In 1842, Sir William B. O’Shaughnessy, an Irish physician studying medical marijuana traveled to India. He came back with his research findings to the United States. Doctor O’Shaughnessy went on to recommended medical marijuana for mild pain management and relief. He also recommended the drug for anti-nausea treatment. Viewed as one of the early pioneers and researchers into medical marijuana, O’Shaughnessy was a vocal advocate for its use and adoption as medicine. Because of his extensive work with the drug and advocacy, marijuana was eventually added to the United States Pharmacopoeia in 1850. The U.S. Pharmacopoeia is an authorized medical publication to set standards for all medications and prescriptions that are sold over-the-counter. “Extractum Cannabis” was duly listed as a medical treatment for over 100 different conditions. These included alcoholism, cholera, menstrual cramps, and gout, just to name a few. Back then, the drug was widely accessible and available in many pharmacies and even some grocery outlets. Also, it had reasonably lower costs compared to other traditional drugs and one did not need a doctor’s prescription.
The first official use of “marijuana cigarettes” in the United States, was recorded in 1874. These were used by Mexican soldiers and immigrants. The ‘casual use of marijuana by Mexican immigrants living in America was held in contempt by William Randolph Hearst – a prejudiced newspaper publisher and business owner and of the Hearst Paper Manufacturing Division. Hearst stood to potentially lose billions of dollars as industrial hemp engineering grew in leaps and bounds. Hemp is a sustainable crop that can be produced from specific cannabis cultivars. It has many uses, such as fiber, paper, fuel, and food. The crop is relatively easy to produce and is more bioavailable than longstanding traditional timber and cotton. Hearst was worried that his timber business would crumble if hemp was found to be a better alternative. As such he took a negative stance against marijuana and all its associated by-products. Over the next few decades, Hearst – through his newspaper – amplified negative news articles demonizing cannabis.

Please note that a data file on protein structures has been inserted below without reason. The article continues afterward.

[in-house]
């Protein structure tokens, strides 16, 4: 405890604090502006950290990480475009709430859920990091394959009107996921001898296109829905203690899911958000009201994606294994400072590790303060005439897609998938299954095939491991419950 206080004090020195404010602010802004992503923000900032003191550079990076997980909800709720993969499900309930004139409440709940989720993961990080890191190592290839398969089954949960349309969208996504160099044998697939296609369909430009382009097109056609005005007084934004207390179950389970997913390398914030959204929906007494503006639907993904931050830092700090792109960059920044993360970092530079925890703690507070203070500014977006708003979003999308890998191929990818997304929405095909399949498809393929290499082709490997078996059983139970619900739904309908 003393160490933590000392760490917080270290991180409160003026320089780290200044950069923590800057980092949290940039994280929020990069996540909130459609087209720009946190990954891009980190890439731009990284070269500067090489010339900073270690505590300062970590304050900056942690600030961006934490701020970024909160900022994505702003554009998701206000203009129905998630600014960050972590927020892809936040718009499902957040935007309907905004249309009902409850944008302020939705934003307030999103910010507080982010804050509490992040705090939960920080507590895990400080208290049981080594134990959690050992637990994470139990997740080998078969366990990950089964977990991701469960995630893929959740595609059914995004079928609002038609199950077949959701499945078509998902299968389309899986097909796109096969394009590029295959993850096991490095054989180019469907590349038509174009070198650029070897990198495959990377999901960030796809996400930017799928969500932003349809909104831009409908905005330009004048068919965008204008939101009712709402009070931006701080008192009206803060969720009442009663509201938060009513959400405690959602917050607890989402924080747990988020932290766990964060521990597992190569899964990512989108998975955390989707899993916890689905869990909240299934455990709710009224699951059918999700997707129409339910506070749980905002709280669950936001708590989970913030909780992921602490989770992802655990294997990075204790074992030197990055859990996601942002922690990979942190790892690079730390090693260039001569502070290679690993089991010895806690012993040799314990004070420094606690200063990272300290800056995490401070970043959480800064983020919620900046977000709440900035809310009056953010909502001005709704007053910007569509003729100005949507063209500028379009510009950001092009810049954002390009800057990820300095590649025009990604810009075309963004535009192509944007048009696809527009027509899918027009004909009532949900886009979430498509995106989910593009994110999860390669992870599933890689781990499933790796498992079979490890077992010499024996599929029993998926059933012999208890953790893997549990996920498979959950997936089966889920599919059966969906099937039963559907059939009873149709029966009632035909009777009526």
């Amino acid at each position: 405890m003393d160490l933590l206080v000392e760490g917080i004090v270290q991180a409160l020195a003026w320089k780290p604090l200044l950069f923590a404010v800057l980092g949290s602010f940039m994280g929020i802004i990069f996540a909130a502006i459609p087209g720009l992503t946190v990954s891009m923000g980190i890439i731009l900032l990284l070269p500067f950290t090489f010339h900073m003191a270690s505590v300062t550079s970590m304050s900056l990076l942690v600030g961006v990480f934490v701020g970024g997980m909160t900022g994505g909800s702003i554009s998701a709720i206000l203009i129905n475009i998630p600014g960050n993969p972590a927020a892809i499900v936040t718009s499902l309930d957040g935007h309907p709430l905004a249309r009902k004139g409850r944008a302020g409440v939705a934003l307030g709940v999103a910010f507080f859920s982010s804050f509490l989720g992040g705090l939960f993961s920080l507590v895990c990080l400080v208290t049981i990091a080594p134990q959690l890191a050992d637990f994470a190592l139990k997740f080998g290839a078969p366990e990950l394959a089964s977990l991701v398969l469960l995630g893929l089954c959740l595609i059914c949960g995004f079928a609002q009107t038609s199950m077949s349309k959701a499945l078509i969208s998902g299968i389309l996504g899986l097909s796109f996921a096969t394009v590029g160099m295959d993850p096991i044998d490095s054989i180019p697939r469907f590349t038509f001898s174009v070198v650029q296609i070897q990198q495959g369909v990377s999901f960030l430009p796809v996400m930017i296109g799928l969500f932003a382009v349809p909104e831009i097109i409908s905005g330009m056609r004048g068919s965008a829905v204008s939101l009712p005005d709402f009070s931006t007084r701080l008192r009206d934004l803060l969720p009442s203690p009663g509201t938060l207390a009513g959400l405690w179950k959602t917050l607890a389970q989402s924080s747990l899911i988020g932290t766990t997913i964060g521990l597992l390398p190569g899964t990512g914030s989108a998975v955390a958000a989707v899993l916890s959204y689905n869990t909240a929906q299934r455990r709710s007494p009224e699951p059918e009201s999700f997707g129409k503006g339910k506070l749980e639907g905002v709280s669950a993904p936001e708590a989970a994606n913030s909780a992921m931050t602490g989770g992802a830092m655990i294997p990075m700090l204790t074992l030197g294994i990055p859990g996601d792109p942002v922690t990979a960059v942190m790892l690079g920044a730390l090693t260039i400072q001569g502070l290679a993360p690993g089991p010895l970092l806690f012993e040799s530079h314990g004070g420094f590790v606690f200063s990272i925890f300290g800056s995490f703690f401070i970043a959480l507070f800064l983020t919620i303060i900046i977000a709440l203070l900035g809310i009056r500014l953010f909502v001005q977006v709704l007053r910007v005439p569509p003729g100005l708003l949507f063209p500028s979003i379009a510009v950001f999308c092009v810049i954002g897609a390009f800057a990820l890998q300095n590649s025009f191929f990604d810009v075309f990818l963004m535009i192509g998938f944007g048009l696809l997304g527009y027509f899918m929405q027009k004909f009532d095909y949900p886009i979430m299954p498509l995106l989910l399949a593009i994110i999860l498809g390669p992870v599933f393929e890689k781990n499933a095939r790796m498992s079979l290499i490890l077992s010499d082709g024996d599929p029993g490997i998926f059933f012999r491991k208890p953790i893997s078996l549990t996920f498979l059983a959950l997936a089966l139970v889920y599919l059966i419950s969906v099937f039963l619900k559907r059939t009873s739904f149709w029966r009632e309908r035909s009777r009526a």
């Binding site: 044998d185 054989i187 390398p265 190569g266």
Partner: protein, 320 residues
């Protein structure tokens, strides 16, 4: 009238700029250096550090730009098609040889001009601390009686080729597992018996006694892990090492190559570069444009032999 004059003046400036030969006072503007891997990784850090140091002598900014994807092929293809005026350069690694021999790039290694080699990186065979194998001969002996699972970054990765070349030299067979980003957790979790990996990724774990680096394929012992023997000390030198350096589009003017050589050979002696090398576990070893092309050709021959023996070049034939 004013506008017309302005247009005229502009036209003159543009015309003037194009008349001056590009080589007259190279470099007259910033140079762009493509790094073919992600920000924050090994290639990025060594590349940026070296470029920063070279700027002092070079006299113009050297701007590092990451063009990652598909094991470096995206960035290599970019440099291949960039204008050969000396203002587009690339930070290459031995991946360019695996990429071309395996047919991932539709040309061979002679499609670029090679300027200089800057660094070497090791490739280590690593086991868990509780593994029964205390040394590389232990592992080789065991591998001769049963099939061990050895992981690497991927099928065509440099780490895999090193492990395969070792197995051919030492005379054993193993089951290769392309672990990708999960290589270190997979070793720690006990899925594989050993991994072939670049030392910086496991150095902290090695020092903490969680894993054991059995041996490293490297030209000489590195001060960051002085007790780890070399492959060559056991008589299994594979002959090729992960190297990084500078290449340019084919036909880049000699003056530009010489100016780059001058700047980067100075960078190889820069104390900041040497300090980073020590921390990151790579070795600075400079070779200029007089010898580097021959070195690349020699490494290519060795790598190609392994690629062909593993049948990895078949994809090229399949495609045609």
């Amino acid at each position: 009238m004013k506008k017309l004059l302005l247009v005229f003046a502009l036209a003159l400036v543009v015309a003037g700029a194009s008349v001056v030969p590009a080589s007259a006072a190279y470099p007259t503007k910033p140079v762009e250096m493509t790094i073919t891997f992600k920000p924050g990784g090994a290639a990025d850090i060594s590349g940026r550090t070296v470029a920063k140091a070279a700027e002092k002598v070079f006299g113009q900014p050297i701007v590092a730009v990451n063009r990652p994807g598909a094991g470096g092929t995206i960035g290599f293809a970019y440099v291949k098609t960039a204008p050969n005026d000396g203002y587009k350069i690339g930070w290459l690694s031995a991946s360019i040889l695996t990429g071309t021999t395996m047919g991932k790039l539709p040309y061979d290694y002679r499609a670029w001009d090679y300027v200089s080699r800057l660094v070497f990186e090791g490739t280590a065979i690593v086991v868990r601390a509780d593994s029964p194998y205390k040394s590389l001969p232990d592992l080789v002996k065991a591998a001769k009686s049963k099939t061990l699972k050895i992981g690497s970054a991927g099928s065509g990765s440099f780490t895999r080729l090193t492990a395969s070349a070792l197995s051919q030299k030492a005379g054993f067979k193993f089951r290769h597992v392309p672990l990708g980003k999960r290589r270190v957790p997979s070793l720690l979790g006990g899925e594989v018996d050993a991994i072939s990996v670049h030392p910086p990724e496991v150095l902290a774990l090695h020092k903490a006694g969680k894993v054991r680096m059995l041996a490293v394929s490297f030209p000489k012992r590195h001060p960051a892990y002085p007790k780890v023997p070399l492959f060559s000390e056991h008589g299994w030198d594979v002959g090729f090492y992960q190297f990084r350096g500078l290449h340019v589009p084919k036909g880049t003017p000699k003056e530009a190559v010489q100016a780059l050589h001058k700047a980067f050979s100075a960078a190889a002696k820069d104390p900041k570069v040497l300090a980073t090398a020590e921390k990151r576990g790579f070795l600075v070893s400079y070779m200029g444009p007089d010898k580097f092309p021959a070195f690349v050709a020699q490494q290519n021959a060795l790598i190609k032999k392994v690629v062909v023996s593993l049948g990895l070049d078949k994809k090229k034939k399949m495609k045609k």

By the end of the 19th century, the use of marijuana in medicine had considerably declined due to some reasons. These included challenges in controlling dosages and the sharp rise in popularity of synthetic and other opium-derived drugs.
Marijuana Tax Act